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VOL. 127 | NO. 105 | Wednesday, May 30, 2012

Trustee Pitches Tax Collection to City

By Andy Meek

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Bob Patterson, the county official known for his felt hats and folksy charm, repeatedly gave it a try.

After he died in 2008, Paul Mattila picked up the attempts where Patterson left off. So did Regina Morrison Newman, who replaced Mattila when he died in 2009.

Now current Shelby County Trustee David Lenoir, like county trustees before him, also is giving it a try. The “it” is convincing the city of Memphis to let the trustee’s office collect current and back taxes from Memphis property owners.

The county trustee – who essentially is the county’s banker by collecting taxes, managing investments and performing financial projections, among many other tasks – already is collecting county property taxes from those same people. The attempt from each trustee has basically been the same: to strike some sort of deal that sends taxpayers to one place to pay everything.

The city is currently collecting some property taxes from city residents in-house. Current taxes are paid to the city treasurer’s office. An out-of-town law firm, Linebarger, Goggan, Blair & Sampson LLP, won a no-bid contract in 2004 from former Memphis Mayor Willie Herenton to collect the city’s back taxes.

The trustees have written letters. They’ve made pitches to city officials. Years ago, Patterson calmly dug into a handful of peanuts from a dispenser on his desk as he described for The Daily News some of his meetings with Herenton about the matter.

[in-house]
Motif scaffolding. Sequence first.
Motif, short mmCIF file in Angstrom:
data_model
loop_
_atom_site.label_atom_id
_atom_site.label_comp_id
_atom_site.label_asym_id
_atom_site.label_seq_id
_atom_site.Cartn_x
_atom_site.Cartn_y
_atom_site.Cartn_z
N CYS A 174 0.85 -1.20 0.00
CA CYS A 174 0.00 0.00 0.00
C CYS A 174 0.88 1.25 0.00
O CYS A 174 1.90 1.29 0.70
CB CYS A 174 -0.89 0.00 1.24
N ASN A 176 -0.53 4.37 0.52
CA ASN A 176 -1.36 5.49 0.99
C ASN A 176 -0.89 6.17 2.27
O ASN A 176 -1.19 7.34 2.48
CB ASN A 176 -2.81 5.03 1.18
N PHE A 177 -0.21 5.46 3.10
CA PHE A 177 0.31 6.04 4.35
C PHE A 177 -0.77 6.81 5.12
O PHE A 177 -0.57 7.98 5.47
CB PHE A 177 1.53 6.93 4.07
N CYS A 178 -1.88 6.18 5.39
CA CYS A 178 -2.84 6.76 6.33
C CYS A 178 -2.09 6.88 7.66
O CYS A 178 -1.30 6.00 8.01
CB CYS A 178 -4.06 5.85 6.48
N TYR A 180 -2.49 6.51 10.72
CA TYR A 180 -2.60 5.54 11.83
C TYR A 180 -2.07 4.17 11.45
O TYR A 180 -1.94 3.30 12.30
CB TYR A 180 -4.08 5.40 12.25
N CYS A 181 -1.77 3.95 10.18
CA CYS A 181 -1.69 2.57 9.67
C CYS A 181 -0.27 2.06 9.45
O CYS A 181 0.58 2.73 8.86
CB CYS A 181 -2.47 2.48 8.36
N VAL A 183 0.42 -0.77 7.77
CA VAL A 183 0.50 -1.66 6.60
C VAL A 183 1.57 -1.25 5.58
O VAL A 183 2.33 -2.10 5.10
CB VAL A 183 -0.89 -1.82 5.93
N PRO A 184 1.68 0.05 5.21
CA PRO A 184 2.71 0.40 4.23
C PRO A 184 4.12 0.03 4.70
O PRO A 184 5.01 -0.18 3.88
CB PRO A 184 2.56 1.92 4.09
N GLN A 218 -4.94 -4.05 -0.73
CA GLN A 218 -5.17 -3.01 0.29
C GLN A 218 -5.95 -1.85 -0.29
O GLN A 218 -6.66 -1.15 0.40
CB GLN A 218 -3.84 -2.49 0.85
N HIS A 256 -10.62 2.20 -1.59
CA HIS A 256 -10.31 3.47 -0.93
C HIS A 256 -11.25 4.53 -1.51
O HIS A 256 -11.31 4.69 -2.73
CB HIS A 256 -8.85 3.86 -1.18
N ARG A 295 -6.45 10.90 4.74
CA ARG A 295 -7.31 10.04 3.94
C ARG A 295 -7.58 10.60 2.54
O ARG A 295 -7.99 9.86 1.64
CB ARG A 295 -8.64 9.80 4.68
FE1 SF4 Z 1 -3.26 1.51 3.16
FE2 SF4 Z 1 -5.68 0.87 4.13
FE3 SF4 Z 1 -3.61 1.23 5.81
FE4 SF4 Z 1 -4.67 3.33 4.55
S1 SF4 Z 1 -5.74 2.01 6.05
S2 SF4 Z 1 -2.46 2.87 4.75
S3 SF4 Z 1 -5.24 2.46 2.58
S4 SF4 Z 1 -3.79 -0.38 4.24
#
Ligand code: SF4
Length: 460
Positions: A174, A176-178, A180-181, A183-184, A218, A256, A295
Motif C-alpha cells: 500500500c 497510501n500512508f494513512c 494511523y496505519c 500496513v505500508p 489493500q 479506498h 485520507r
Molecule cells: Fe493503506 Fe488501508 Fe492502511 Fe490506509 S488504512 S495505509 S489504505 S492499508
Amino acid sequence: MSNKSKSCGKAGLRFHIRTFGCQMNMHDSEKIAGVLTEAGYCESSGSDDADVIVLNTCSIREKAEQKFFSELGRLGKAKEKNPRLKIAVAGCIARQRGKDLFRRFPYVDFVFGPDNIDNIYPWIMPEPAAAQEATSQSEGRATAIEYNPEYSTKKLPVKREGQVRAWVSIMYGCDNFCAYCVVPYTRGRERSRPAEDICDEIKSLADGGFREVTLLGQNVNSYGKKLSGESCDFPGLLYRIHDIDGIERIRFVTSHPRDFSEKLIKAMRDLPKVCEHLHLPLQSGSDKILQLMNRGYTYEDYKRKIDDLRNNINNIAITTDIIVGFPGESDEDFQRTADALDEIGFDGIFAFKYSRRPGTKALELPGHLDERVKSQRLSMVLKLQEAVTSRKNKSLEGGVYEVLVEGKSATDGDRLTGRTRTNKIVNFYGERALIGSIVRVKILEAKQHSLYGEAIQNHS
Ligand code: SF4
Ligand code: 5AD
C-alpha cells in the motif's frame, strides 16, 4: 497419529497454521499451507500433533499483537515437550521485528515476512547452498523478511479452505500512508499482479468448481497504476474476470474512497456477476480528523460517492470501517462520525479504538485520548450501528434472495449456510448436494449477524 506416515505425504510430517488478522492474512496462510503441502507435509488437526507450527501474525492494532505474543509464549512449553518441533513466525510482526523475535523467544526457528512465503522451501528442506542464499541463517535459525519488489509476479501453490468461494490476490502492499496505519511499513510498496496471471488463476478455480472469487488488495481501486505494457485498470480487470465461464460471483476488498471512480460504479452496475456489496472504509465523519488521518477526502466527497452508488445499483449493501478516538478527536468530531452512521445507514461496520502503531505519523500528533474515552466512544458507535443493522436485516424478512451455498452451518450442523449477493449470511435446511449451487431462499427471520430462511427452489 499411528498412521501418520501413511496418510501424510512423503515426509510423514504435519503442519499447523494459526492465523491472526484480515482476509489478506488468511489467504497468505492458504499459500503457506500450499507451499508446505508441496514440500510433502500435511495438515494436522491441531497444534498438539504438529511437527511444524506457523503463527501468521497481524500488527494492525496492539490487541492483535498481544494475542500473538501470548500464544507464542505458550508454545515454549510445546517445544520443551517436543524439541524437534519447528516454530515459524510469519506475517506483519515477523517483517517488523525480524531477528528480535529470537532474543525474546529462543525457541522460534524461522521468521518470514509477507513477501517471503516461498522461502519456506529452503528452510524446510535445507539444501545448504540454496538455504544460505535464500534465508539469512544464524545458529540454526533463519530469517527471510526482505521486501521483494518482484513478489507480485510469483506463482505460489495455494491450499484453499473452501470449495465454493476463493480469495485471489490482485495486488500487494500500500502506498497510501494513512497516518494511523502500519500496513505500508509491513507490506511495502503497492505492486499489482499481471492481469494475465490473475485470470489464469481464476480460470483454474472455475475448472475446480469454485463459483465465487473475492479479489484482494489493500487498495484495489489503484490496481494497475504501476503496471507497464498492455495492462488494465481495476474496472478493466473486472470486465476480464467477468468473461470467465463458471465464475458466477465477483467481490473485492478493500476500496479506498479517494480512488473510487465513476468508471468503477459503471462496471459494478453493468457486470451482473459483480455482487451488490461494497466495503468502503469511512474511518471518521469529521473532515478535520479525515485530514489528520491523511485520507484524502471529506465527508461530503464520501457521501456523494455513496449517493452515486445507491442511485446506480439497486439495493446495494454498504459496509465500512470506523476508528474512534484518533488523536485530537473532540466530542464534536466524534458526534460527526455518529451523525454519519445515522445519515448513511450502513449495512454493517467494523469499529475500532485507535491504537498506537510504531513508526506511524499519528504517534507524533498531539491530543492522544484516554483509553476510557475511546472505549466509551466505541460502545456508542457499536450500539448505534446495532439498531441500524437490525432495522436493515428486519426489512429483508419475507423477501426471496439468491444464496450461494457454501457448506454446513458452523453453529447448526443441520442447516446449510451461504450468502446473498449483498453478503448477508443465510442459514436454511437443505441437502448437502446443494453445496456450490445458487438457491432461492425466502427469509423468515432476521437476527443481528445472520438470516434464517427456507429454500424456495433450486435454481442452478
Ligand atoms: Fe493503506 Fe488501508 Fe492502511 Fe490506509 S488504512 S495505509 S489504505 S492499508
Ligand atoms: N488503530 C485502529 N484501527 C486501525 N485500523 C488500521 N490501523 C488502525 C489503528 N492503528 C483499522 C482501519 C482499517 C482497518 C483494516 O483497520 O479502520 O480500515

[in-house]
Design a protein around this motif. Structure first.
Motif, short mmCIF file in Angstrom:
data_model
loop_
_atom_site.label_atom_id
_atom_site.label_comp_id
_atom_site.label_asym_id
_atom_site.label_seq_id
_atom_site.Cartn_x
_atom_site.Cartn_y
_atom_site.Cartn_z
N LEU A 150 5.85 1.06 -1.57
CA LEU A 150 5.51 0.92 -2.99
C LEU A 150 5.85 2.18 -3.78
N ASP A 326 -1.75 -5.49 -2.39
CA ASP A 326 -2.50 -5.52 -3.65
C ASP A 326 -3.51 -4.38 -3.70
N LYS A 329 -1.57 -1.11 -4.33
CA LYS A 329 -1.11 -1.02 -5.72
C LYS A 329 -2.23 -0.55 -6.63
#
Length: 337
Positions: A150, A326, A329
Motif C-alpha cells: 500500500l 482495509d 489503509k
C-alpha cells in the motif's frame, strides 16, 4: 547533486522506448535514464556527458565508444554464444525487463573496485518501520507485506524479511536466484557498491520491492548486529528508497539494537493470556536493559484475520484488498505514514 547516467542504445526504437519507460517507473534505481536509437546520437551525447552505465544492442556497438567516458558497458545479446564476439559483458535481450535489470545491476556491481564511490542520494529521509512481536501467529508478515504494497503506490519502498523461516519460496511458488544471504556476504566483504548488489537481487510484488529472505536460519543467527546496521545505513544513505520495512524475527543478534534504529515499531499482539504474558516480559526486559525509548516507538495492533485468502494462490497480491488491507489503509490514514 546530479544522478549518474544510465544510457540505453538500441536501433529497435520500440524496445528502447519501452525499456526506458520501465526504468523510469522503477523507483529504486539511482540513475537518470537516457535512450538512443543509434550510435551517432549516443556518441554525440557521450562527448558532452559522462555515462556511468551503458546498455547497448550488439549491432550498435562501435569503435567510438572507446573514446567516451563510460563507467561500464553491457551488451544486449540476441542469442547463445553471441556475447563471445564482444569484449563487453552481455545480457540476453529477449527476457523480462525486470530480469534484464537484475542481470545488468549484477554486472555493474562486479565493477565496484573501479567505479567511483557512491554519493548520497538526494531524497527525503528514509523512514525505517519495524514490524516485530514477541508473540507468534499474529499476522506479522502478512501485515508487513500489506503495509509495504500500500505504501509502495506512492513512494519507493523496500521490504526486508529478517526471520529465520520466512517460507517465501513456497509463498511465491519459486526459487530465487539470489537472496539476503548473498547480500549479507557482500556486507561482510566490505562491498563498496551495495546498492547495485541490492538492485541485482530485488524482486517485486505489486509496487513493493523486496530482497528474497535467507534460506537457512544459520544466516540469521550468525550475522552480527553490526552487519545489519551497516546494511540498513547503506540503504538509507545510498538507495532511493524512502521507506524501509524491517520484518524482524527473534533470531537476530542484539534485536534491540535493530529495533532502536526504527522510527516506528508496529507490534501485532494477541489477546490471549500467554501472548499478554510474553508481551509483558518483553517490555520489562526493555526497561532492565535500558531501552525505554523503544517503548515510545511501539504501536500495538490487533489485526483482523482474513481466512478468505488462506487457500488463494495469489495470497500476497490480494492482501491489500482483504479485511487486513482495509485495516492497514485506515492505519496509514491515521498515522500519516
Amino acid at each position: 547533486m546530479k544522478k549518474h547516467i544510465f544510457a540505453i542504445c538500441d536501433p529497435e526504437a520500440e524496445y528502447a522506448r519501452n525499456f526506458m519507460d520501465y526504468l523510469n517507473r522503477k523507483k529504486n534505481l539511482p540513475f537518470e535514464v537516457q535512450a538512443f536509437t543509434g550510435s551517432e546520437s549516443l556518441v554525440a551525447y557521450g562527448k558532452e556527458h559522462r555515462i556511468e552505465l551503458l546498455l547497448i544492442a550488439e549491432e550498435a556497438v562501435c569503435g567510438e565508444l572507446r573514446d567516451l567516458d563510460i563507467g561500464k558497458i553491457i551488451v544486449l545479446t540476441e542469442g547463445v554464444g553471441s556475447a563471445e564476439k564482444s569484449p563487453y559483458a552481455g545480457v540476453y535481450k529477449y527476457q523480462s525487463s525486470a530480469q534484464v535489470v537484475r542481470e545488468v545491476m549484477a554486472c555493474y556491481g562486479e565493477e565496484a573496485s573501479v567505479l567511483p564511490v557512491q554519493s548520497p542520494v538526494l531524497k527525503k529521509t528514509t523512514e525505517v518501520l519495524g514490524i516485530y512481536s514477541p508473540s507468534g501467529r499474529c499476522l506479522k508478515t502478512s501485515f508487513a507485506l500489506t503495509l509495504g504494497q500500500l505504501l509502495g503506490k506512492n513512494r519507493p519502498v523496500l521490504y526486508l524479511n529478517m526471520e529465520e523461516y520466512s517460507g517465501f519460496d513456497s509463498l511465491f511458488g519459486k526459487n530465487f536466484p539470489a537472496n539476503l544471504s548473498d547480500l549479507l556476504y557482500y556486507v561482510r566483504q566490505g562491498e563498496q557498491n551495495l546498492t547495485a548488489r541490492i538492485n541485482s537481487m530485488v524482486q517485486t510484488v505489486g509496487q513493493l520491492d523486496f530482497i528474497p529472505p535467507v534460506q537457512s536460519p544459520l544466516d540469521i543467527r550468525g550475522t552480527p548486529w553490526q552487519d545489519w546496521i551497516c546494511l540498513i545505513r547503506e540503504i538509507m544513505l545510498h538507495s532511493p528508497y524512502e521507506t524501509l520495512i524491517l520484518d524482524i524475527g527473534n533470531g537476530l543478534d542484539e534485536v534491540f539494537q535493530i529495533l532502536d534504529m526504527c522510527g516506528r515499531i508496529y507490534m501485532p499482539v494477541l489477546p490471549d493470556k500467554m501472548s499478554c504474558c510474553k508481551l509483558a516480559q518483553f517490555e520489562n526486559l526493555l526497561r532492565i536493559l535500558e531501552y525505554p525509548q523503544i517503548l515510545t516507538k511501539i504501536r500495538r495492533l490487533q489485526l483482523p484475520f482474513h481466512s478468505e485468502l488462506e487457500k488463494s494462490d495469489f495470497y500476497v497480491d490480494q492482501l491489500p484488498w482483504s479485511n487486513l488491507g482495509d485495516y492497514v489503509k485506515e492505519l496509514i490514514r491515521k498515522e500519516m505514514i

Herenton is on record as saying the Linebarger arrangement has been a net positive for the city. But current city of Memphis attorney Herman Morris told The Daily News the Wharton administration was already prepared to take a new look at the city’s arrangement with Linebarger almost as soon as Wharton took office.

The deal Lenoir has presented the city is to perform the service at an annual fee of $1.25 million. According to his office, that would provide savings for a city government that’s currently budgeted $1.4 million to collect those taxes.

“Now, more than ever, we need to look at new collaborations that make sense for taxpayers,” Lenoir said.

He believes that with one countywide tax collector, the city could eliminate a $3 million plan to upgrade technology to improve its collections process.

Lenoir first proposed collecting delinquent taxes for the city in January 2011. Since then, he has been critical in broad terms of the city’s financial picture and with the way city officials are addressing it.

“The ongoing budget issues for the city of Memphis make this proposal more relevant than ever,” he said.

The trustee’s office currently collects around $685 million in property taxes. Linebarger has collected more than $182 million in back taxes from city residents since it was first hired to do so.

Linebarger on Feb. 1 filed a lawsuit on behalf of the city in an effort to move forward in collecting more than $20 million in delinquent 2010 taxes owed to the city. That represented the ninth annual lawsuit the law firm has filed on behalf of the city.

The law firm is jointly sponsoring several area tax clinics throughout this year, along with the city treasurer’s office, to help Memphians who are delinquent on their property taxes.

PROPERTY SALES 57 280 1,209
MORTGAGES 55 244 916
BUILDING PERMITS 158 699 2,751